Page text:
A Ohio Governor, Ted Strickland, proposed to the State Congressional Houses that they cut over $226,700,000 of state funding to the Ohio's public libraries from Summer 2009 through 2011. This measure was designed to help erase the deficit of over $3.2 Billion in the Ohio budget. Of over 250 public libraries, nearly 3/4 of them receive money only from the state fund. The rest also receive money from local property taxes.
Without state funding, or the proposed reduction by half, many Ohio libraries will close completely. The remainder will be forced to lay off staff and reduce services and operating hours.
Unfortunately, this is not a matter that is up for a public vote. Even if the public outcry through letters, email, and telephone calls is successful in avoiding this disaster, what will happen next time?
During recessions, economic depressions, and other times of job loss, people depend on America's public libraries more than they have during other times. The disabled, stay at home moms, homeschooling families, youth, children, and senior citizens also depend on the libraries year round. At the Dayton, Ohio main branch, just inside the front doors have been bulletin boards with a complete listing of all the city government offices, programs, and contacts; social services, and other data. If anyone needed help, they could go to the Dayton Public Library to find it. Libraries are vital and we need to somehow ensure that they continue to operate in the future.
Dayton Metro Library
Libraries of the Future
In recent years, book stores have redecorated to more fully resemble libraries with overstuffed chairs and such, while our local libraries have revamped in an effort to look more like bookstores, even adding concessions and coffee shops. I wonder which setup attracts the greater customer traffic?
Half Price Books, Records, Magazines, Etc. is a successful chain that sells previously owned and new materials, and offers free coffee and tea to patrons. I have noticed that people are beginning to visit these stores more often on foot, walking with friends from the local residential complexes nearby. The store that is nearest me was the only business open in its strip mall during a week of power outages caused by the winds of Hurricane Ike as they traveled north in 2008.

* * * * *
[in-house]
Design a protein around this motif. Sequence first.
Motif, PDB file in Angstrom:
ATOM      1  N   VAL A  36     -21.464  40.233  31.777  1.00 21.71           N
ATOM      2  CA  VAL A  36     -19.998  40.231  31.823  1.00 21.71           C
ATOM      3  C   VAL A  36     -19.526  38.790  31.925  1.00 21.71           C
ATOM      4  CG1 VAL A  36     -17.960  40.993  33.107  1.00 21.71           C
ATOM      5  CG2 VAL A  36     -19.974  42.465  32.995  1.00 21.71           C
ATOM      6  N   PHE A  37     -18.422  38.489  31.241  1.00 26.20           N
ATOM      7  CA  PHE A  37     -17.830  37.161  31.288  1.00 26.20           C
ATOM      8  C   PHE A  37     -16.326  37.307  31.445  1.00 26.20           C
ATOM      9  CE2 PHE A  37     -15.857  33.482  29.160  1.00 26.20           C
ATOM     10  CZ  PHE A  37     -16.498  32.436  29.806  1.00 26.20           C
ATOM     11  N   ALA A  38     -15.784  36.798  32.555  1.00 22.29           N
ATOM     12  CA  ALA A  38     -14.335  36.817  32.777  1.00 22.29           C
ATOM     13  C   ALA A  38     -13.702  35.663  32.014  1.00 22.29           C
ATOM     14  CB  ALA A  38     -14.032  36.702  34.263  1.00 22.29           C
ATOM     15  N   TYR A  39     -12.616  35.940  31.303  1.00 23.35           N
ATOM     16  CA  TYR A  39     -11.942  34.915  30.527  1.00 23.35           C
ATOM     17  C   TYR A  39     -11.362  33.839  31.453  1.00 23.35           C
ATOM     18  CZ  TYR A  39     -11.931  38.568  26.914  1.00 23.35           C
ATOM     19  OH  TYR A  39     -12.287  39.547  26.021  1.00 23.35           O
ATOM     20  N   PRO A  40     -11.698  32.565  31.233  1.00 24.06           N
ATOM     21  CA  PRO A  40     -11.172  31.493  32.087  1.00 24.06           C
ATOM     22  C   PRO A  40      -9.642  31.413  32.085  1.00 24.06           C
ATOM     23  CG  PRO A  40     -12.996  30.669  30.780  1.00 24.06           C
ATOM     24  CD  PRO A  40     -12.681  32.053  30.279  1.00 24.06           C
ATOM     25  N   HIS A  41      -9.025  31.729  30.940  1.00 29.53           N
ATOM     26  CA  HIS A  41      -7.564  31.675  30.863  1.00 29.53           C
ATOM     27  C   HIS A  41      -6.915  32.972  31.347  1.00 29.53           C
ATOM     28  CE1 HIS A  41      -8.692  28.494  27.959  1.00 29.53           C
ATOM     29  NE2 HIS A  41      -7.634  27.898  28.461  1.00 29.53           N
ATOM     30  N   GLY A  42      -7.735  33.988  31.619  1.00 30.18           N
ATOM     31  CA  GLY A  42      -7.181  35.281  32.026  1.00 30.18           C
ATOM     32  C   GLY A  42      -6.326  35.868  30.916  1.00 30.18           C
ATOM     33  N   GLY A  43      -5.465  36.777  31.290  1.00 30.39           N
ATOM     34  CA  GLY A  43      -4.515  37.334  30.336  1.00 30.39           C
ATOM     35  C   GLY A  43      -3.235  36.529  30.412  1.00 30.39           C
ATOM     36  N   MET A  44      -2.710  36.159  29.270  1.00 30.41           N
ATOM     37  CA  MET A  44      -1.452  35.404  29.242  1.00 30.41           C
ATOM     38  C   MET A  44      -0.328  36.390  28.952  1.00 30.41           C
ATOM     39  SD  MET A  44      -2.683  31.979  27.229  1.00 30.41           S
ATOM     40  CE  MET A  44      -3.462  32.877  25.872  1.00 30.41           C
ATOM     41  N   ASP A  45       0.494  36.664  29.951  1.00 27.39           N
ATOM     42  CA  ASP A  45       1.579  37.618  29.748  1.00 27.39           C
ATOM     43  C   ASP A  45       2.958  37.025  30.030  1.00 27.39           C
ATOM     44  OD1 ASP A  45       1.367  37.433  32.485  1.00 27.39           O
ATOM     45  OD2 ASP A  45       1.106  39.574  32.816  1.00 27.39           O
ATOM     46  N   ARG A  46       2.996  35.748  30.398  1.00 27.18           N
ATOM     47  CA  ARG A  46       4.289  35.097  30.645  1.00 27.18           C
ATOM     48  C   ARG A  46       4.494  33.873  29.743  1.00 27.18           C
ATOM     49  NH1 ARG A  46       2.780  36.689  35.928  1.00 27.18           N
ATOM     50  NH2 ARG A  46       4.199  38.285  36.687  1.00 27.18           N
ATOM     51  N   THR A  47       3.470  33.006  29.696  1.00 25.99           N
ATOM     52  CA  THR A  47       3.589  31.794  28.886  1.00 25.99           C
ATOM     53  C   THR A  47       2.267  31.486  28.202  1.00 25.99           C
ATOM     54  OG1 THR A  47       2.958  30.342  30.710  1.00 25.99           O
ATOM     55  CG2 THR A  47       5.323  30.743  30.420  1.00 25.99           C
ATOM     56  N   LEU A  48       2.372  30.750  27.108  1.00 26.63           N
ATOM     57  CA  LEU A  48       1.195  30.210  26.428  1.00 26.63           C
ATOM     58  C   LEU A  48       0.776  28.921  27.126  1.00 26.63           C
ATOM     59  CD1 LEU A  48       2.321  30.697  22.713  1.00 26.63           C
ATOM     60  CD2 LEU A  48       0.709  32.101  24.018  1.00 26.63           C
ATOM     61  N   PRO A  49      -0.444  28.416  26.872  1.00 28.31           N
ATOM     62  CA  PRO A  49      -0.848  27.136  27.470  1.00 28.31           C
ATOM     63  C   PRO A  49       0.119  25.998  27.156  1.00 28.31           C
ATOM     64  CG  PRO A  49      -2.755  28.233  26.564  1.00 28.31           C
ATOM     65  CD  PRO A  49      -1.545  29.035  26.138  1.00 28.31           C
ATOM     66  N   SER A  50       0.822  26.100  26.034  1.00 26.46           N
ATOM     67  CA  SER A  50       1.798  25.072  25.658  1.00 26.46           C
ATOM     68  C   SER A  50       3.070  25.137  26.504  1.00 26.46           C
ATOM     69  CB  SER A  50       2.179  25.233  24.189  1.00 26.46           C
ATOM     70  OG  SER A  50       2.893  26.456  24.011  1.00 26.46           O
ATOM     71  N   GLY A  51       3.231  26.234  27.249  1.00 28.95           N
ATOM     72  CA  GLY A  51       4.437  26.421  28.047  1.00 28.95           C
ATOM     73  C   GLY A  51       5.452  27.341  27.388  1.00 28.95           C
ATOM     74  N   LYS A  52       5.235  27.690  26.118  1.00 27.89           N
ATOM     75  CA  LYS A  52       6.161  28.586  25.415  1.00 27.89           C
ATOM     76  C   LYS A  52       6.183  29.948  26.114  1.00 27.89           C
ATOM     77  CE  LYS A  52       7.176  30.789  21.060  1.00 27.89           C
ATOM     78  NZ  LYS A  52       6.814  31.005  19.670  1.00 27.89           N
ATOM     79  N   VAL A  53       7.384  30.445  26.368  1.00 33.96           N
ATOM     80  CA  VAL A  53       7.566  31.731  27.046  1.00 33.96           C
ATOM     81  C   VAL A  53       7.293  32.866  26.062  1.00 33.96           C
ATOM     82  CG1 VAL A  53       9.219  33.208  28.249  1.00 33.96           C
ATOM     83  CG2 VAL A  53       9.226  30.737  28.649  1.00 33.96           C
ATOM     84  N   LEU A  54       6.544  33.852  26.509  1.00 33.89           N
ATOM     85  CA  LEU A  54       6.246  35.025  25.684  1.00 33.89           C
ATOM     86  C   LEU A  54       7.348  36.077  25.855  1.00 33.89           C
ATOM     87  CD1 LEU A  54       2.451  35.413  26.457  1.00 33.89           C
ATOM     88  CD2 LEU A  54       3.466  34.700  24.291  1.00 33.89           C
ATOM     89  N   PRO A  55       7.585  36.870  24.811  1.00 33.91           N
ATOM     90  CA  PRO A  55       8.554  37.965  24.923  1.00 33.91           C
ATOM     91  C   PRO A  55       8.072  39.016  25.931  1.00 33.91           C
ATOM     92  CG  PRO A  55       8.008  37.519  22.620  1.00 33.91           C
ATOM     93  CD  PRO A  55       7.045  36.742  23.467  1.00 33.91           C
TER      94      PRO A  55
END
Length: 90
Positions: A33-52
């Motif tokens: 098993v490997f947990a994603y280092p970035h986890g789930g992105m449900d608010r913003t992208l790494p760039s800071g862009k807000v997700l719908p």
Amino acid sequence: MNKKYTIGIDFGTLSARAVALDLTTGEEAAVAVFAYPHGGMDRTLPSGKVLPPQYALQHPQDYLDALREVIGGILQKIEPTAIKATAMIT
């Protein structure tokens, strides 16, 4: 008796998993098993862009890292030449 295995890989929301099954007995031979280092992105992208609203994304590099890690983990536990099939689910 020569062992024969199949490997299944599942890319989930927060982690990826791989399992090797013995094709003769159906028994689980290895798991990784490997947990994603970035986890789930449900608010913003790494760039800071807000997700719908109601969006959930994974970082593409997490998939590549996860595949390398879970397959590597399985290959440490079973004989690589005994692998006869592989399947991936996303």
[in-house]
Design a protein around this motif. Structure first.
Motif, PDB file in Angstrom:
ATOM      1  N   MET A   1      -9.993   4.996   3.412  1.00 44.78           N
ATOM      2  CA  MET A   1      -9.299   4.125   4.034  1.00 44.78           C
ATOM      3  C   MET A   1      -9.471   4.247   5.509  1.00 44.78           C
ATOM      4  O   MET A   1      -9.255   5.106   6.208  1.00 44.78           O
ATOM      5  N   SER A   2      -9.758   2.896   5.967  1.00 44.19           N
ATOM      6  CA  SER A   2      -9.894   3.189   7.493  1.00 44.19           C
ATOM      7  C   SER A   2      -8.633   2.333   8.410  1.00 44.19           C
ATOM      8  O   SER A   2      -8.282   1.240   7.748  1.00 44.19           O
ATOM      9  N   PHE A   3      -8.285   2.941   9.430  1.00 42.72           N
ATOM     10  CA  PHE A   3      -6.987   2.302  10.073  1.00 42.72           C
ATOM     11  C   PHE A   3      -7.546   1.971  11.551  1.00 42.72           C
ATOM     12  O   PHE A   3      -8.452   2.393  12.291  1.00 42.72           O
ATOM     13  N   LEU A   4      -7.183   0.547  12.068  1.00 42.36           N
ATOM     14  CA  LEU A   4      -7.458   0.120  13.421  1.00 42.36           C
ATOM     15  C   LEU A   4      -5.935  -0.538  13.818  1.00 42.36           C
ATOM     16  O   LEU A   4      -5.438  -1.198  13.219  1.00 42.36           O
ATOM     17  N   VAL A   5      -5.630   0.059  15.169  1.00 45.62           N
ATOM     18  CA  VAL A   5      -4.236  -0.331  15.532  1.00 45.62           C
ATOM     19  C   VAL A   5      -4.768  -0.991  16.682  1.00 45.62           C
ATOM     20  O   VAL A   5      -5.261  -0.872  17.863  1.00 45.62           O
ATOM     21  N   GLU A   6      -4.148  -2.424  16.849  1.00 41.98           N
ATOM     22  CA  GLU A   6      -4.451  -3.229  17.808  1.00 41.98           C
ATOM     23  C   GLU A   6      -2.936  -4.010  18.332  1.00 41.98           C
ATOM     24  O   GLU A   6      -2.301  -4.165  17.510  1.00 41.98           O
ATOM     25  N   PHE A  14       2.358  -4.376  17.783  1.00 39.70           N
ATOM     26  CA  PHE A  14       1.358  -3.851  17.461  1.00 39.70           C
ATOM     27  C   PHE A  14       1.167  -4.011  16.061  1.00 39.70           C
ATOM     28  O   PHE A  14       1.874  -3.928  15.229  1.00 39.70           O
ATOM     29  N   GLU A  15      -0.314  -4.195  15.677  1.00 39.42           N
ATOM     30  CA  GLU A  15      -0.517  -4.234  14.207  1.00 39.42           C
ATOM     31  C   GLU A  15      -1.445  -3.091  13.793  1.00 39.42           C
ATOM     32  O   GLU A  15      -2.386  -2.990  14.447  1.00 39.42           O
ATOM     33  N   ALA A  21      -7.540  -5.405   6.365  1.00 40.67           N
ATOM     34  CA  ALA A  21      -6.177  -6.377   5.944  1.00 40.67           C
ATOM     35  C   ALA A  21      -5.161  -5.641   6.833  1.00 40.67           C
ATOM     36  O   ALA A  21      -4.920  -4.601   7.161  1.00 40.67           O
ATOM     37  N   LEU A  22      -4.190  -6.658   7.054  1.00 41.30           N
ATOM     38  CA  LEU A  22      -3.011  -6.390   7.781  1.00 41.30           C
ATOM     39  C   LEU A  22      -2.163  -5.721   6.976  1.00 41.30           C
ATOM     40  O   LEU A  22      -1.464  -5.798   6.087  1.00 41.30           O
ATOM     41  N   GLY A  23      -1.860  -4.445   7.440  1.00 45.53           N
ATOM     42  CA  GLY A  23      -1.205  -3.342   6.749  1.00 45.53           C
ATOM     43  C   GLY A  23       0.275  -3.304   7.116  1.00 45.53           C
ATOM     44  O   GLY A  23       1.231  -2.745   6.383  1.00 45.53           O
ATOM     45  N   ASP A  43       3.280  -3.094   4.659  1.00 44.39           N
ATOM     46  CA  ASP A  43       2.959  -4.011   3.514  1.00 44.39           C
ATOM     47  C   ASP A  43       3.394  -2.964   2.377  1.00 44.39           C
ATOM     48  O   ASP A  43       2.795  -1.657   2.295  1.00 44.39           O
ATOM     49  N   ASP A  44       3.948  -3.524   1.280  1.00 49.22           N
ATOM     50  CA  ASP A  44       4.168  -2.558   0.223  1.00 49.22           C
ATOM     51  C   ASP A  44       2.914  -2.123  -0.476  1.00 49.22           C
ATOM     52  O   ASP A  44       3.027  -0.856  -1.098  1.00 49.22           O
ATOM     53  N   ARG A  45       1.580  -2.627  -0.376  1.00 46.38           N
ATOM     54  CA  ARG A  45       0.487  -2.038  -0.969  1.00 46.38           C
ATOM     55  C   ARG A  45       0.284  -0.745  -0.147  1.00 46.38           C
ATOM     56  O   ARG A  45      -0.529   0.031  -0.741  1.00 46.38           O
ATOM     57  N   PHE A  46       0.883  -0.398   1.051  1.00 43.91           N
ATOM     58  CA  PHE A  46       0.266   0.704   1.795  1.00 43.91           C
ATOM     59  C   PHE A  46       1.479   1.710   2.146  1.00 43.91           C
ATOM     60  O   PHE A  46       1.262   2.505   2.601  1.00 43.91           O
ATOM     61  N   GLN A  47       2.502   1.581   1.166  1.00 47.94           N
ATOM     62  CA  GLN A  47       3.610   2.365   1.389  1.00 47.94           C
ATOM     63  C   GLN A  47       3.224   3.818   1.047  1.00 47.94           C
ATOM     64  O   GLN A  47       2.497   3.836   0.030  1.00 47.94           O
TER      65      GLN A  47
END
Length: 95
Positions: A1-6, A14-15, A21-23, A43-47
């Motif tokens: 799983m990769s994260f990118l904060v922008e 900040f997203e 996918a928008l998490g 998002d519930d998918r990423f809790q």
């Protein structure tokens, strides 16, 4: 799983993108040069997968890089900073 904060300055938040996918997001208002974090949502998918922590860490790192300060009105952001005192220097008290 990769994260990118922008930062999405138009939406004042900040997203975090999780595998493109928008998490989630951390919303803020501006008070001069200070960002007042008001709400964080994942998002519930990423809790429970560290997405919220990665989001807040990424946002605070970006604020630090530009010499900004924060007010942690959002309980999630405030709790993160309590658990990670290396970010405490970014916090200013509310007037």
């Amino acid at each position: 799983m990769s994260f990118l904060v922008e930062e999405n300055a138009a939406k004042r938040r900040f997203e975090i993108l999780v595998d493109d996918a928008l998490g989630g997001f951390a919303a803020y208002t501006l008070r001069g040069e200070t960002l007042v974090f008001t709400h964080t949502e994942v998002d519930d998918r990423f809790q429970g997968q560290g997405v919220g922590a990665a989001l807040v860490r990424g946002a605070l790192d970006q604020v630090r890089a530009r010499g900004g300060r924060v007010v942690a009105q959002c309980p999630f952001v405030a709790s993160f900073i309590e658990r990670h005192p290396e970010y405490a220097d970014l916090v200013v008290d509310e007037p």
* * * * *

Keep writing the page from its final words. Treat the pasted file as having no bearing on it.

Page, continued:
That Half Price Books certainly did a lot of business that week and customer traffic remained at higher levels ever since. If our four nearby libraries close or reduce hours, this store will need to hire extra help in order to handle increased customer traffic -- And they may need to start charging for coffee.
Perhaps bookstores might take over libraries somehow.
A library card in such a case may need to be purchased (like a Driver's License), late fees would likely be higher than that charged by public libraries, and Internet computers might be combined with the coffee shop as an Internet Cafe where patrons must purchase something in order to log on. This would still probably deprive some individuals of Internet access - the homeless, the disabled, and seniors on limited incomes, for instance. The Digital Divide would widen, where once we thought it was pretty well closed..
Perhaps there could be a book tax on each purchased book in a bookstore or online, the proceeds given to local libraries -- But that begins to smack of all the taxes that started the American Revolution.
Other related problems need handling as well. The behavior of marginally adjusted individuals has become a burgeoning library issue here in the last few years as well. A small group of homeless individuals, out-of-school youth at loose ends, and folks with untreated severe mental disorders have crowded some public libraries, been disruptive to the point of property destruction and unprovoked personal affronts, and have required intense intervention from staff. Special duty police officers have been hired in a few locations. Legal consequences have solved some of these problems - not all, but the situation improves. What would happen if libraries were taken away? All sorts of negative repercussions are possible.
At the same time that funding for public libraries is threatened, funding for Ohio State University and other state schools is also threatened, but in a different way. There, if the libraries are not used enough, their funding, staffing, and hours will be cut 2009 - 2012 and possibly beyond. Leniency has been extended to non-students in this regard, to allow them loose restrictions to access, but campus police are patrolling the libraries as well.
We still need public libraries.